Nobel Prize-winning American author Sinclair Lewis (1885 – 1951) had a number of axes to grind, and one of them was a hardly surprising denouncement of Adolf Hitler’s activities in Germany. In 1935, Lewis published a novel called “It Can’t Happen Here” about, well . . . it happening here.
In the novel, a charismatic populist senator named Buzz Windrip dazzles an American underclass feeling trampled by the Depression and four years of FDR. He endears himself to a certain rough, uneducated demographic by wooing them with words of racism and misogyny, not forgetting a resounding rah-rah for Second Amendment rights.
Windrip also bribes his voters with a promise of $5,000 annually to each citizen. This would translate, needless to say, to tens of thousands of dollars in today’s economy. Who could resist? He wins the election, despite the misgivings of our protagonist — a doleful, brilliant, liberal journalist named Doremus Jessup.
The changeover to dictatorship is instantaneous and shockingly easy: President Windrip cancels Congress, and whatever other bodies of government lie in his way to total power. Minute Men spear-carriers are reconstituted as a paramilitary group, half-a-million strong, backed by kangaroo courts and military judges. Resisters are taken out and shot. In the twinkle of an eye, concentration camps are slapped up for the overflow of all undesirables. Oh, and look! Mexico, with wink-wink ties to Europe and Russia, is apparently plotting to invade (at least according to Windrip), so he drafts every living male to invade first.
The most frightening part of watching “It Can’t Happen Here” is that it’s impossible to imagine a scenario to defeat this cruel, abrupt takeover. What could we do? Would we ever be okay again? Sinclair Lewis leaves this final question ambiguous.
In 1936, Sinclair Lewis and John C. Moffitt adapted the novel into an ambitious play with 14 actors deployed for 50 roles. The Works Progress Administration subsidized productions across the country. And now, on the 80th anniversary of the play’s inception, the Lewis heirs have released special rights to stage or read the play all over the country, with particular attention paid to libraries and nonprofit groups. Berkeley Repertory Theater took up the torch and premiered its updated new edition this past September, a full staging with waving flags, stage-wide skirmishes, and even rousing Sousa music.
At the Vineyard Haven Library, program director Betty Burton received notice of free usage of the play and leapt into action. She turned to Vineyard Haven thespian, opera singer, and artist Paul Doherty to assemble a cast from the homegrown group of which he is a member: The Peter Luce Play Readers.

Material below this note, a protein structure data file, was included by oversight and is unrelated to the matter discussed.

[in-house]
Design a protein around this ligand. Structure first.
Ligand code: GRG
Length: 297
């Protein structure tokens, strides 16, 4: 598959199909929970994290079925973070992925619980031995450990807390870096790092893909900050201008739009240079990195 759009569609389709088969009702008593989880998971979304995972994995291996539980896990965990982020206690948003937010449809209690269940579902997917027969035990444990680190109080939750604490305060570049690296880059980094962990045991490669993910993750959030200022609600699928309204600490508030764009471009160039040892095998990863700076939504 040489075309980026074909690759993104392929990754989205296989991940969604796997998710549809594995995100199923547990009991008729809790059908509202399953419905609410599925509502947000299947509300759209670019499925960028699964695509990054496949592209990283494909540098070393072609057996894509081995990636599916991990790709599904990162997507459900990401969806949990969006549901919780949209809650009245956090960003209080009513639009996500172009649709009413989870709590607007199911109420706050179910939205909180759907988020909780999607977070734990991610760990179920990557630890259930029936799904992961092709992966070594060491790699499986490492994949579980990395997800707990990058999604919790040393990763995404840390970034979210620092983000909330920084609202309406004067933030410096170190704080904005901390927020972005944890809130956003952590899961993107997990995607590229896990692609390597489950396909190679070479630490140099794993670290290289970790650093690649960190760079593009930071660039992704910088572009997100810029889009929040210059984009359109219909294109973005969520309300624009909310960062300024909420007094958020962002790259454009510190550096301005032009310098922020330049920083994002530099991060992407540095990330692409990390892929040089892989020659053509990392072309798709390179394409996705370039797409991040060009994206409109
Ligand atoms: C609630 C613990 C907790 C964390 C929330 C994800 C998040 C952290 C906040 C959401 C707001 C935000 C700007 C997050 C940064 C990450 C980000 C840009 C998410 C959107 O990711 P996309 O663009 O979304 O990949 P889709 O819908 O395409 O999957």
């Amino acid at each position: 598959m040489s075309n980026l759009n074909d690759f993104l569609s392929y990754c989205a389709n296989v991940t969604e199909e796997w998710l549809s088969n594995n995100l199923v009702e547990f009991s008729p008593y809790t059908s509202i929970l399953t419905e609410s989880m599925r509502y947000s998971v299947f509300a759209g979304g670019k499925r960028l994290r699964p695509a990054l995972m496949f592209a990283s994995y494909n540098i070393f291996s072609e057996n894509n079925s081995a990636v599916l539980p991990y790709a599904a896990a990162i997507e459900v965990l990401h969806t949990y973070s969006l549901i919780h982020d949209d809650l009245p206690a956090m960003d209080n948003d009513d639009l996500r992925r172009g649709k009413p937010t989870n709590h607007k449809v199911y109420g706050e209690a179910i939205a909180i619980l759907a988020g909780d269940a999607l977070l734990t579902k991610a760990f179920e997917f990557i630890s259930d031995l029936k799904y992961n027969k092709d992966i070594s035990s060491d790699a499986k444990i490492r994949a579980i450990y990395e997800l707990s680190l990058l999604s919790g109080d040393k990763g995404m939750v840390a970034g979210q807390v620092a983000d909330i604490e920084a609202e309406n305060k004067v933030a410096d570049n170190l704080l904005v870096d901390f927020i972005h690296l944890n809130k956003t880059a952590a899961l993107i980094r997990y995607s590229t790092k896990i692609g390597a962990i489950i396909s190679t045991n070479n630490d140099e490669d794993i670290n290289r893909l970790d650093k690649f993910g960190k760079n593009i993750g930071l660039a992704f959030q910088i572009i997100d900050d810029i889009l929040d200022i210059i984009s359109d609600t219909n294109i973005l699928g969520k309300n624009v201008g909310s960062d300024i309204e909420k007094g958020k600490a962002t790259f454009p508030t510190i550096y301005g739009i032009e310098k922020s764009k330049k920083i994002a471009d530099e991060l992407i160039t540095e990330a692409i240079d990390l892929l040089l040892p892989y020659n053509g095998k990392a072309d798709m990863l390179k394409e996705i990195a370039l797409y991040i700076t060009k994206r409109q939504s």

On Oct. 26, 17 play readers sat across a long table, taking up the full latitude of the main room in the VH Library. A crowd of over 70 viewers sponged up the seats, with some standing room only members of the audience peering in over the DVD stacks.
Every actor was humongously talented, but a few stood out in the primary roles: David P.B. Stephen played the half-endearing, half-terrifying tin-pot dictator. John Brannen as journalist Jessup presided over the table as a sort of Conscience of the Country character. His wife, played by Nancy Cramer, captured an amusing caricature of a 1930s housewife: As the family bolts in a truck, pell mell through a snowstorm, in a desperate attempt to flee over the border to Canada, she asks from the backseat, “Does anybody want some coconut layer cake?”
On the far left side of the blossoming fascism, the other two huge political groups of the times were represented by Esther Hopkins, spouting the “evolutionary change” promised by Socialism, whereas Gaston Vadasz as a genial Communist is all for a big shakeup. He’s perversely attracted to the campaign of the mad Windrip because he expects the unfolding savage policies will pull comrades everywhere onto the playing field. Long live the Revolution! It’s just a question of getting it started. Wayne Greenwell, donning glasses or, on other occasions, a blue cap, dodges in and out of two decent gentlemen, and one pernicious Windrip thug.
Ellie Beth plays Lorinda, a snappy liberal-turned-underground activist, and a natural love interest for poor lonely Doremus married to the coconut cake lady. Betty Burton’s daughter, 28-year-old Grace, allowed herself to be co-opted into the reading for the sake of widening the age span of the mostly white-grey-silver-haired cast. And Felicity Russell as Doremus’s daughter Sissy, captured the devil-may-care, “nasty woman” role of the newly independent females of the 20th century.
One might expect that the charged topical content would generate audience discussion after the imaginary curtain came down. However, as The Berkeley Repertory Group realized, their audience base was already too emotionally wracked by the dual meat-grinder of the play and our current election cycle to have any remaining energy to talk further.
Vineyard audience members were left to drift out, either depressed or re-energized or in need of a stiff drink.